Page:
if err != nil {
        log.Fatal(err)
    }
    fmt.Println(string(body))
}

For now we modified the getDataFaster function only to print the result, and not return it. I'll explain why later. We also use a for loop to get all 200 characters ( there's actually more but we really don't want to spam it so much) . Since i is an integer, we will use the strconv built in module to convert it to a string. Now, here's the cool part. We use the go keyword to tell the go compiler that we want this function to run asynchronously, meaning run so fast it seems all 200 function calls are running simultaneously. Unfortunately, when we run this, we find that it does nothing.

Well, now is about the time to leave a F U in the comments below.

Just kidding.

The reason this doesn't return anything is because the main function is essentially a goroutine of it's own, and it just went through the for loop and exited. It doesn't care that the other 200 goroutines haven't finished their job. It finished it's job and now wants to have a beer.

Enter channels!

Remember that bit of ugly code with the arrow and chan. Those are channels. A channel is essentially a place to store some value from our goroutine and enable another goroutine (our main function in this case) to get that value. That arrow at the end basically says - instead of returning the string(body) like you would in a regular function, jam it in a channel because this is no regular function, it's asynchronous.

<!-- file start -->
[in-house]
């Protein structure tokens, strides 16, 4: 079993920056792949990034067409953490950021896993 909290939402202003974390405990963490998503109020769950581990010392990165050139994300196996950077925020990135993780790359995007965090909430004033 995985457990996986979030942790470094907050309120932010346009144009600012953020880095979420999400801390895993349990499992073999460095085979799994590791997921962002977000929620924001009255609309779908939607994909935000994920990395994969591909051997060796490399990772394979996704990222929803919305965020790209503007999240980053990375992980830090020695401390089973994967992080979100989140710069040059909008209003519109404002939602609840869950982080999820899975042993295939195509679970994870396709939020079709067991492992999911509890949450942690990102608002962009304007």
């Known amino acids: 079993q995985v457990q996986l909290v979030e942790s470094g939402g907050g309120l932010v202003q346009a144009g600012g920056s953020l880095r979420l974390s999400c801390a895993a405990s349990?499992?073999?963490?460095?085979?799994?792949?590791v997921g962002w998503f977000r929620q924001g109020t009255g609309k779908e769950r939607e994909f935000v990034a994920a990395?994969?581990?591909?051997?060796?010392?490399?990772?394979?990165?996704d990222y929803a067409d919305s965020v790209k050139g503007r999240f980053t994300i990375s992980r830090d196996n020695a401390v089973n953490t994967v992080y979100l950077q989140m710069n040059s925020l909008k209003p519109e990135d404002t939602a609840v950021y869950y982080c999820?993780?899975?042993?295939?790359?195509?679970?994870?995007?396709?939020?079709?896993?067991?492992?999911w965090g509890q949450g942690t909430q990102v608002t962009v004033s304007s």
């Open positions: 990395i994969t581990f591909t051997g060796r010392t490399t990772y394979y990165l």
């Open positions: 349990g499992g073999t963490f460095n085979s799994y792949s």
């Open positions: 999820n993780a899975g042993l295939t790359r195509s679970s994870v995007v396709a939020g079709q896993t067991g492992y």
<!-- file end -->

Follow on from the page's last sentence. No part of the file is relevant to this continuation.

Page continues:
Ok, but how does the main function then access these values you ask? Let's see in the next code snippet:

package main

import (
    "fmt"
    "io/ioutil"
    "log"
    "net/http"
    "strconv"
)

func main() {

    ch := make(chan string)
    var data []string
    for i := 1; i < 200; i++ {
        go getDataFaster("https://rickandmortyapi.com/api/character/"+strconv.Itoa(i), ch)
        data = append(data, <-ch)
    }
    fmt.Println(data)

}

func getDataFaster(url string, c chan string) {
    r, err := http.Get(url)
    if err != nil {
        log.Fatal(err)
    }
    defer r.Body.Close()
    body, err := ioutil.ReadAll(r.Body)
    if err != nil {
        log.Fatal(err)
    }
    c <- string(body)
}

Btw, this code includes all of the package and import declarations for folks who are just here for the copy/paste-ing .

As you can see, the first thing we do is declare a channel by using the built-in make function. A channel also needs to be statically typed , so we declare a channel that will hold only strings. Next, we declare a slice of strings called data where we plan to store all this info on all these wacky Rick and Morty characters. We enter our for loop as before, but now we have this weird arrow again. This time the channel isn't the one that is on the receiving side , but rather seems to be the one that is sending . What we're doing here is appending the value that the channel will hold for us to our data slice.

This way we are initiating a blocking operation. This means that the main function will block until a value is actually gotten from the channel. This is how we make the main function wait , instead of carelessly exiting like it did the first time.

This is also the reason why we can't assign a value to a call to a goroutine ( I said I would explain later) , because it is asynchronous, and it will not return any value, it can only add it to a channel.

Finally, we print everything to the console, and since it's fetching 200 results , your console will probably blow up like mine:

Screenshot from 2021-09-30 21-15-03.png

So there it is. A very elegant way of retrieving a lot of data very quickly by using goroutines and channels.

Hope you enjoyed. Thanks for reading!